Brett Backlund (90-91-92) still reflects on his heroic homer

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June 19, 1992
Fairbanks Daily News-Miner

By RICHARD GRIFFIS

Some three months had passed, yet friends of Brett Backlund loved hearing the story about the 1991 Midnight Sun Baseball Game, almost as much as the University of Iowa senior enjoyed reliving it.

“I had envisioned last year would be my last one and I’d go out with a bang,” said Backlund, who drilled a two-out 3-1 pitch over the left field fence in the bottom of the ninth inning to give the Alaska Goldpanners a 9-8 victory over the Lake Tahoe Stars last year.

“It was a real exciting story,” Backlund admitted.

It was also a story Backlund had no intention of following up with a sequel. It has just worked out that way.

The Alaska Goldpanners will host the Victor Valley Mets in the 86th Midnight Sun Baseball Game, beginning at 10 p.m. Saturday at Growden Park. The game marks the summer solstice and is played without the aid of artificial light.

“This game is known all around the country and it’s really exciting to be a part of it,” Backlund said.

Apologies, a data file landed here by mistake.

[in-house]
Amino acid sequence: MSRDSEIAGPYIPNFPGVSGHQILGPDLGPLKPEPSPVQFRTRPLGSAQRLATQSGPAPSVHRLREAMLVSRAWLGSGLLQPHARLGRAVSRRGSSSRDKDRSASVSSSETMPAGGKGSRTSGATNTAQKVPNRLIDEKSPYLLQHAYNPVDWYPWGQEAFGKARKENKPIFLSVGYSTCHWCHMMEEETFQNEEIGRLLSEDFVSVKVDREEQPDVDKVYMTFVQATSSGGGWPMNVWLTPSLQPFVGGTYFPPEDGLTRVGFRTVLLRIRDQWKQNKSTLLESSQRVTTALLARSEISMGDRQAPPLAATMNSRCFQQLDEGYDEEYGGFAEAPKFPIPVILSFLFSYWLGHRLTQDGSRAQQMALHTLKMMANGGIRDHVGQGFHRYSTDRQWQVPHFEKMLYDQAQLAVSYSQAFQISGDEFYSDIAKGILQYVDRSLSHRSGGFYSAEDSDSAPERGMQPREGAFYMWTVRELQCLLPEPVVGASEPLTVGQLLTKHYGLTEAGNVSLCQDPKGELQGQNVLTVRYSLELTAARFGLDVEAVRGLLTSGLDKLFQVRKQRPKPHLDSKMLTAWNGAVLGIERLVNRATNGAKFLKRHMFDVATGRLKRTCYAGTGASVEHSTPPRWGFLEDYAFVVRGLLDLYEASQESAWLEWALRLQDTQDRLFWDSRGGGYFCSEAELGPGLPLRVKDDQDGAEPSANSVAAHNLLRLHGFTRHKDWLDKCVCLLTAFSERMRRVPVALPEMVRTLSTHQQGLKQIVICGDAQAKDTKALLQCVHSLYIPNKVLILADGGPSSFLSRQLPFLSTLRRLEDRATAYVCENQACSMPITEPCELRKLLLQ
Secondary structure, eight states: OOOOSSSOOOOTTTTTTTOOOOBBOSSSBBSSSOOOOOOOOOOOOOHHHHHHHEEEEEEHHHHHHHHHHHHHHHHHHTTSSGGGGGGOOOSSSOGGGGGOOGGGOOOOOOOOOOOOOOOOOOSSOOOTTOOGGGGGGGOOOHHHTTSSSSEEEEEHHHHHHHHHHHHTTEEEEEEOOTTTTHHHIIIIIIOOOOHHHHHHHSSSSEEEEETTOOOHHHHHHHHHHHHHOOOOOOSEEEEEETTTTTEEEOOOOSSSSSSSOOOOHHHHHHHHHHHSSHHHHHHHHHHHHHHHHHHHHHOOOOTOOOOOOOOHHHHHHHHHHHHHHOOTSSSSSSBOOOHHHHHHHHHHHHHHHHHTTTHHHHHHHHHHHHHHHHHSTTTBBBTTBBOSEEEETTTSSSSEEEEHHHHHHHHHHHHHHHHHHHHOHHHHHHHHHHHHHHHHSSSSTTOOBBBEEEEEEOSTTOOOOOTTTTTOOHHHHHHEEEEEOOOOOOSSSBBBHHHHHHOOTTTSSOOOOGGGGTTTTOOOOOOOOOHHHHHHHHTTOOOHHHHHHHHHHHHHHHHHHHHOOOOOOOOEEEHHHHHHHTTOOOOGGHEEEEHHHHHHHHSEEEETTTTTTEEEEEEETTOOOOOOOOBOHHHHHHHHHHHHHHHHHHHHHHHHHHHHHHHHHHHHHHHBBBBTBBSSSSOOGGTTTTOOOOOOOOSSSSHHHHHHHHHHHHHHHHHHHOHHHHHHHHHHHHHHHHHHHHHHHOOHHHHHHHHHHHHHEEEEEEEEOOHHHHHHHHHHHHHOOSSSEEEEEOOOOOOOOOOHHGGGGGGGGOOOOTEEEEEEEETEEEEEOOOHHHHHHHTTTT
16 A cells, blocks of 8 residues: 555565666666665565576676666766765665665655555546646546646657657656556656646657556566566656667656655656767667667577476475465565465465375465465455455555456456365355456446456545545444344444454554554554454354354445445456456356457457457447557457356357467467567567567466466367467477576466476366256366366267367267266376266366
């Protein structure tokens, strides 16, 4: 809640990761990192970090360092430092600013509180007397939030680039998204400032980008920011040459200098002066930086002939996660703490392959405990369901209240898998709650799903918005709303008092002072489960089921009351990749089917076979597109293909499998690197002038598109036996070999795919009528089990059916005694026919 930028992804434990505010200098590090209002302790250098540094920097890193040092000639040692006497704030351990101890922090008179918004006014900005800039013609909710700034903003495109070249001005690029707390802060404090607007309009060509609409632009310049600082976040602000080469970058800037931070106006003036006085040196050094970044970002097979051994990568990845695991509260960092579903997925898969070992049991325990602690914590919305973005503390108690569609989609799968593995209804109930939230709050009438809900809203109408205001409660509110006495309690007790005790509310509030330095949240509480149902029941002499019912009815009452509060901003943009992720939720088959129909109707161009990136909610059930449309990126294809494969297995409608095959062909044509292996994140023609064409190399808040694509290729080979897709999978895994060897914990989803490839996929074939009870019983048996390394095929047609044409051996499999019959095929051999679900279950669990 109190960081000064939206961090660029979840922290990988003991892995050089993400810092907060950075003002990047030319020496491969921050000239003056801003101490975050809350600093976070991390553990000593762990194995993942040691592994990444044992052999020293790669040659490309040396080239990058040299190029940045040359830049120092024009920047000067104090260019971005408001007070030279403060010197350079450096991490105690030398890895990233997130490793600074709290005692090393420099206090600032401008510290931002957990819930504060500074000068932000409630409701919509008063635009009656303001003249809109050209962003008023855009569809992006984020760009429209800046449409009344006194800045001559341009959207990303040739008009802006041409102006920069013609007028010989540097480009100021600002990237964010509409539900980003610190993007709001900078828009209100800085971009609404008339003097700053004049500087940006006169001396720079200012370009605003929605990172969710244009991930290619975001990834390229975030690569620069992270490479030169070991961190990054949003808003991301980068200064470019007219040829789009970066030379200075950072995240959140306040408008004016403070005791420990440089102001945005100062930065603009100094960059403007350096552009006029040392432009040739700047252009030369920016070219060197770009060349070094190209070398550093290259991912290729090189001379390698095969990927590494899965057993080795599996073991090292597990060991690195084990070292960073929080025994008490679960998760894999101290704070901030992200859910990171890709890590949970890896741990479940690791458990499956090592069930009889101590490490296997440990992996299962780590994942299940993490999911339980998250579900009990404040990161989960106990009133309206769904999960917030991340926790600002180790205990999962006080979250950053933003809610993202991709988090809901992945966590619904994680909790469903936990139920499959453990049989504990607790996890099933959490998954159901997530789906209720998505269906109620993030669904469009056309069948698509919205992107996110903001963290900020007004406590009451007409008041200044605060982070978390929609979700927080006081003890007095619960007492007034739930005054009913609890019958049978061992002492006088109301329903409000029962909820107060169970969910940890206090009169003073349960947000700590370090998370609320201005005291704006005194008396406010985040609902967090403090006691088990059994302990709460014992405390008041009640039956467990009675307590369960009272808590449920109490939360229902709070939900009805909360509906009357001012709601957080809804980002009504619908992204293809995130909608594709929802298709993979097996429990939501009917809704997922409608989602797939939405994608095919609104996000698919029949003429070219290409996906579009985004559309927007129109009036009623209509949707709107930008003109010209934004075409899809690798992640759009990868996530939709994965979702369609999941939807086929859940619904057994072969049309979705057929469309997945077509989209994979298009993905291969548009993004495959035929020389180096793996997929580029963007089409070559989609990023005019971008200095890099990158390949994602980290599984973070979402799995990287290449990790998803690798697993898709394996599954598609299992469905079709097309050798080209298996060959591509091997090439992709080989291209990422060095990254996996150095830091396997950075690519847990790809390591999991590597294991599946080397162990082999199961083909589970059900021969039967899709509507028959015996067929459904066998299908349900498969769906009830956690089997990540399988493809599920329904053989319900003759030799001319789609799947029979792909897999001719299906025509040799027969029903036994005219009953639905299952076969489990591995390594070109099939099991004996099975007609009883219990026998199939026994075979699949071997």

Drafted by the Pittsburgh Pirates, Backlund had hopes of playing on a minor league team this summer. But when the Pirates lowballed him with an offer of only $4,000 to sign with their club, he said “thanks, but no thanks.”

So, at least for the time being, Backlund is back in the land of the Midnight Sun.

“It gets kind of frustrating because a lot of people who are inexperienced get more money,” said Backlund, who posted an 11-1 record with a 2.04 earned run average for the Hawkeyes this spring. “Now they’ve signed their first-round pick, so things will probably start to come together a little more.”

The Pirates first-round pick was catcher Jason Kendall, a Torrance, Calif., high schooler who was supposed to play for the Goldpanners this summer. Kendall reportedly received a signing bonus of $336,000.

Pittsburgh management apparently figures that since Backlund has used up his college eligibility, he is out of options and will eventually have to sign for whatever they offer.

However, Backlund still has nearly $10,000 in scholarship money left and said he will return to Iowa if he can’t reach an agreement with the Pirates.

In the meantime, Backlund’s looking forward to another season with the Goldpanners.

“Right now, I’m trying to get back into shape and back into form,” Backlund said.

Goldpanners manager Jim Dietz said before the season started that he would only use Backlund as a pitcher, because he didn’t want to risk ruining a possible professional career.

That pledge lasted less than one game as Backlund saw action in left field in his first game with the team.

“I’m just trying to help the team,” Backlund said. “Basically, I feel lucky to have an opportunity to come up here and play. It could be risky, but I’ve done it my whole career.”

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